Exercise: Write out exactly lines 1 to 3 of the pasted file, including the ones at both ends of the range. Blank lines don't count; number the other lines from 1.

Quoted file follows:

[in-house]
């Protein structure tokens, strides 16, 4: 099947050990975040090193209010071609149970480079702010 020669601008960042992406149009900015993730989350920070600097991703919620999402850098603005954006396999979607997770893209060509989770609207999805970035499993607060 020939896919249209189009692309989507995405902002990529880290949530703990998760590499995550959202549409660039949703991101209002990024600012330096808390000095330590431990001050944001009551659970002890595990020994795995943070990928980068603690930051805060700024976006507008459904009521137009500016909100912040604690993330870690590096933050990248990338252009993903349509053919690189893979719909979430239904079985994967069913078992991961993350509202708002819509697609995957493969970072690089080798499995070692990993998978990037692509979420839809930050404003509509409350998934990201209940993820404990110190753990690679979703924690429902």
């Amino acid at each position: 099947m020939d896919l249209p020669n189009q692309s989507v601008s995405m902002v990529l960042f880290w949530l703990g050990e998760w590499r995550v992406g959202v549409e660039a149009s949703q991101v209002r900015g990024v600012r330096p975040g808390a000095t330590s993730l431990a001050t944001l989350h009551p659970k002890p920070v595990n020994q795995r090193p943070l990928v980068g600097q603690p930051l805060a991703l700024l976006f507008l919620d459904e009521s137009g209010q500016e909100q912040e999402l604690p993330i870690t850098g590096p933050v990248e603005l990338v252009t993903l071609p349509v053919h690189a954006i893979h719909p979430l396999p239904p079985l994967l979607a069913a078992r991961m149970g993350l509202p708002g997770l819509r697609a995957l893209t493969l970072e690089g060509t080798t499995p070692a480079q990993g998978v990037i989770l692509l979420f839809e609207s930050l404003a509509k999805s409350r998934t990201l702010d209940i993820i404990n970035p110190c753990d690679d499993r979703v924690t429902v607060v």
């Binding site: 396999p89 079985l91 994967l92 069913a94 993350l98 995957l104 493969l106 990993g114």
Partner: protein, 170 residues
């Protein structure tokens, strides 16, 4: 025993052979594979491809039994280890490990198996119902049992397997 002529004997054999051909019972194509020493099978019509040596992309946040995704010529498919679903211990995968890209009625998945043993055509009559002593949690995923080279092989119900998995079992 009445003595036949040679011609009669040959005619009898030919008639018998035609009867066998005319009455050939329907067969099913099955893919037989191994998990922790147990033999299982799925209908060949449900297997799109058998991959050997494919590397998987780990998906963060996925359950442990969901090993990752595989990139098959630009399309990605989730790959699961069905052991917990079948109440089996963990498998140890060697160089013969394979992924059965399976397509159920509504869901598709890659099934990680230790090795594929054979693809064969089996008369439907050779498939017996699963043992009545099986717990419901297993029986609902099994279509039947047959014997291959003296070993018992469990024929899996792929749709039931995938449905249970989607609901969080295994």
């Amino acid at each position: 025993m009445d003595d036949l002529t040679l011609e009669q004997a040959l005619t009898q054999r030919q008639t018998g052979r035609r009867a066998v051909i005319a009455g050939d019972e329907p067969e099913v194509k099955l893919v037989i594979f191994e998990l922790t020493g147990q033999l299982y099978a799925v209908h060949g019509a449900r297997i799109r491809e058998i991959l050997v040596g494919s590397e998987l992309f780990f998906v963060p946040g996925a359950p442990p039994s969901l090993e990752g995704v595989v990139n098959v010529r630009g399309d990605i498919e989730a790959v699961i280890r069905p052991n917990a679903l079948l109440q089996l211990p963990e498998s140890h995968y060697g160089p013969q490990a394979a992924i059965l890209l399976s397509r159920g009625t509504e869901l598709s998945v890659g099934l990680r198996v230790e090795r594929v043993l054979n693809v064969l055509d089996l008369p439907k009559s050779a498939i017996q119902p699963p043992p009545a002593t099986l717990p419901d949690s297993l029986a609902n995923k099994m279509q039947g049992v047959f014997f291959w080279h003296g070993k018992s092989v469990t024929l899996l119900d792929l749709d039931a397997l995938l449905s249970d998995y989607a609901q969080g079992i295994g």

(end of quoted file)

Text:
[in-house]
């Protein structure tokens, strides 16, 4: 099947050990975040090193209010071609149970480079702010 020669601008960042992406149009900015993730989350920070600097991703919620999402850098603005954006396999979607997770893209060509989770609207999805970035499993607060 020939896919249209189009692309989507995405902002990529880290949530703990998760590499995550959202549409660039949703991101209002990024600012330096808390000095330590431990001050944001009551659970002890595990020994795995943070990928980068603690930051805060700024976006507008459904009521137009500016909100912040604690993330870690590096933050990248990338252009993903349509053919690189893979719909979430239904079985994967069913078992991961993350509202708002819509697609995957493969970072690089080798499995070692990993998978990037692509979420839809930050404003509509409350998934990201209940993820404990110190753990690679979703924690429902």
């Amino acid at each position: 099947m020939d896919l249209p020669n189009q692309s989507v601008s995405m902002v990529l960042f880290w949530l703990g050990e998760w590499r995550v992406g959202v549409e660039a149009s949703q991101v209002r900015g990024v600012r330096p975040g808390a000095t330590s993730l431990a001050t944001l989350h009551p659970k002890p920070v595990n020994q795995r090193p943070l990928v980068g600097q603690p930051l805060a991703l700024l976006f507008l919620d459904e009521s137009g209010q500016e909100q912040e999402l604690p993330i870690t850098g590096p933050v990248e603005l990338v252009t993903l071609p349509v053919h690189a954006i893979h719909p979430l396999p239904p079985l994967l979607a069913a078992r991961m149970g993350l509202p708002g997770l819509r697609a995957l893209t493969l970072e690089g060509t080798t499995p070692a480079q990993g998978v990037i989770l692509l979420f839809e609207s930050l404003a509509k999805s409350r998934t990201l702010d209940i993820i404990n970035p110190c753990d690679d499993r979703v924690t429902v607060v």